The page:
A naturalist in the Transvaal (1892) (14597626528)

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A naturalist in the Transvaal (1892) (14597626528)

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Identifier: naturalistintran00dist (find matches)
Title: A naturalist in the Transvaal
Year: 1892 (1890s)
Authors: Distant, William Lucas, 1845-1922
Subjects: Zoology -- South Africa Transvaal Transvaal (South Africa) -- Description and travel
Publisher: London, R.H. Porter
Contributing Library: Smithsonian Libraries
Digitizing Sponsor: Smithsonian Libraries

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icksare greatly valued by Kafir agriculturists, alwaysmaintaining a value of about five shillings, and aregreatly preferred to those made in Birmingham, whichcan be imported and sold for less money. The manufacture of the pick forms thus a truenative industry, and in this region is almost confinedto the Mavendas, amongst whom, I was assured, therewas a recognized compact that none should be sold undera certain price. The Mavendas by their industrial artsare thus more advanced in material progress than theMagwambas, with whom they live in contact, though theMagwamba women always wear a petticoat, and thefemale Mavendas have simply the ordinary waist-bandage. But though much less clothed, the Mavendawomen are better-looking and exhibit the signs ofmore intellect than the Magwambas possess. Materialprogress and clothing certainly do not always gotogether. I considerably added to my natural history collectionduring the ten days I spent at the Spelonken, awaiting H M < S 09 g Wf1H M 3 O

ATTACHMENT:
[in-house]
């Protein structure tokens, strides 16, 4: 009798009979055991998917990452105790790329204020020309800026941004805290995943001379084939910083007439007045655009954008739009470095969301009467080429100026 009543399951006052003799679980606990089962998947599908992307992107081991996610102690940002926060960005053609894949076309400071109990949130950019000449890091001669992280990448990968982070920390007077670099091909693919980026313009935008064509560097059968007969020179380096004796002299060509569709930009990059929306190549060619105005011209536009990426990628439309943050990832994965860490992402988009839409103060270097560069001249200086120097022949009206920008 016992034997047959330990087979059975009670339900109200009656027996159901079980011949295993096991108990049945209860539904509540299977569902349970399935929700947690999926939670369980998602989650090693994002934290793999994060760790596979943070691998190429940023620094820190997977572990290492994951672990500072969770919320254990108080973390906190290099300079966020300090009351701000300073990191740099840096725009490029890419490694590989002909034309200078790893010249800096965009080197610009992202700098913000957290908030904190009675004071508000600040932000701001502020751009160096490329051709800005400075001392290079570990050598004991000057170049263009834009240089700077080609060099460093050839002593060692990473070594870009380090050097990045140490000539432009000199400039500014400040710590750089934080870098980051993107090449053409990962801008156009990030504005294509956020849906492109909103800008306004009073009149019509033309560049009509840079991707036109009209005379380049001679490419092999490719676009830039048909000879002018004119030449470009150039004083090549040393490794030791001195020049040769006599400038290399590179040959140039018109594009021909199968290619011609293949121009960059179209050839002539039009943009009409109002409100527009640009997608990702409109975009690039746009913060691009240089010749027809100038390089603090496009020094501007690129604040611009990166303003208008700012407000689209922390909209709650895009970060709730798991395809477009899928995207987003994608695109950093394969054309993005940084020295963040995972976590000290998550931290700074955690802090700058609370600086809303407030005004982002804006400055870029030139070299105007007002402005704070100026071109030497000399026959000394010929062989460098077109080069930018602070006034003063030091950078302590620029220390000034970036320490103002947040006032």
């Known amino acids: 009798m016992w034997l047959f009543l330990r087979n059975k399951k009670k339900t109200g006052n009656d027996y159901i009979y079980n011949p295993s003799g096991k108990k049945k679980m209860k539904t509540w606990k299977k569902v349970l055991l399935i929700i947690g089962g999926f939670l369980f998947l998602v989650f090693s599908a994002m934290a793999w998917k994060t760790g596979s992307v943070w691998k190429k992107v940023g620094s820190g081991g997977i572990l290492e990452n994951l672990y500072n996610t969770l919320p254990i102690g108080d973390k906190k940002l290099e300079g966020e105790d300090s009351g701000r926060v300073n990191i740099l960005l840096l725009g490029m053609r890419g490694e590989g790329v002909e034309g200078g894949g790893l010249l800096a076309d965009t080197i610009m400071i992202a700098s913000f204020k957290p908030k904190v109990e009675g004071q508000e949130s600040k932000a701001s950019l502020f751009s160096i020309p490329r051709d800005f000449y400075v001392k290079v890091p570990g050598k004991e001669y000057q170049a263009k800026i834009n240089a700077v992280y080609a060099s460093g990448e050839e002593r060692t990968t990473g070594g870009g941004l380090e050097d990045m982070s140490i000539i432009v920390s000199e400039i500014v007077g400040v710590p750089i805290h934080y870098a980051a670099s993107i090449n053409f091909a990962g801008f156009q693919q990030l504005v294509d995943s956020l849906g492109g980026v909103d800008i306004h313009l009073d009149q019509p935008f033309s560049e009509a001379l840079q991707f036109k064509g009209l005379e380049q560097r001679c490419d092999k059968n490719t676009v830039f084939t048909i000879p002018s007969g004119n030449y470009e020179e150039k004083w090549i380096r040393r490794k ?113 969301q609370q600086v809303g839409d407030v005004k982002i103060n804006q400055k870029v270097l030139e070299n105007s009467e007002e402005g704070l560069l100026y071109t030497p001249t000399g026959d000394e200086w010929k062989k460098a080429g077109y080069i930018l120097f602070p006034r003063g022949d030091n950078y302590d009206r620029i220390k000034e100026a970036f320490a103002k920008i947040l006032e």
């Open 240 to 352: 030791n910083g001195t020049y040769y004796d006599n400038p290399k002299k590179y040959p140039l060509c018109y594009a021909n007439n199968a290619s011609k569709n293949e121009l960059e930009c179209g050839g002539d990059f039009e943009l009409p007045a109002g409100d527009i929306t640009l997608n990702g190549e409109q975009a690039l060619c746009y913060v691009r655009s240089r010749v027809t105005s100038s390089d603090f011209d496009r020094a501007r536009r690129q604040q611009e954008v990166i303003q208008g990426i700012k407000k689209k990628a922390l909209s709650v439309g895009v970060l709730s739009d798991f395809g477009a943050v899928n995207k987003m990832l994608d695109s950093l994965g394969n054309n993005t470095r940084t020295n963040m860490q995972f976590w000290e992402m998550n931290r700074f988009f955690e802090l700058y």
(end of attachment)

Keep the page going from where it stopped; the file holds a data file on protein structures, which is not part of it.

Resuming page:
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ZOUTPANSBEEG AND THE MAGWAMBAS. Ill the wagon for my return jonrney, and in this I wasgreatly assisted by the Magwamba boys, who, on findingthat there was really a market, set thoroughly to workin procuring specimens. Birds were mostly broughtalive, as the lads were adepts at trapping, or whenkilled they were generally in perfect condition, as theblunted wooden arrow-head was used. At first someof the men would bring a small bird pierced by abullet shot from an old Brown Bess ; but they soonknew the requirements better, and a good ornitholo-gical collection could have been obtained had Ipossessed leisure to remain longer on the spot. Thegreat trouble was to prevent them bringing the samething over and over again, and to make them under-stand that insects were valueless when crushed; butthey really experienced pleasure in trapping andshooting birds, and would attentively watch the processof skinning. As the lads brought in my prizes, Irecalled the same arrangement made years before wit

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1892
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Brown University Library
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a naturalist in the transvaal 1892
a naturalist in the transvaal 1892
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ornithology
ornithology
birds
birds
zoological illustration
zoological illustration
zoology
zoology
south africa
south africa
industrial history
industrial history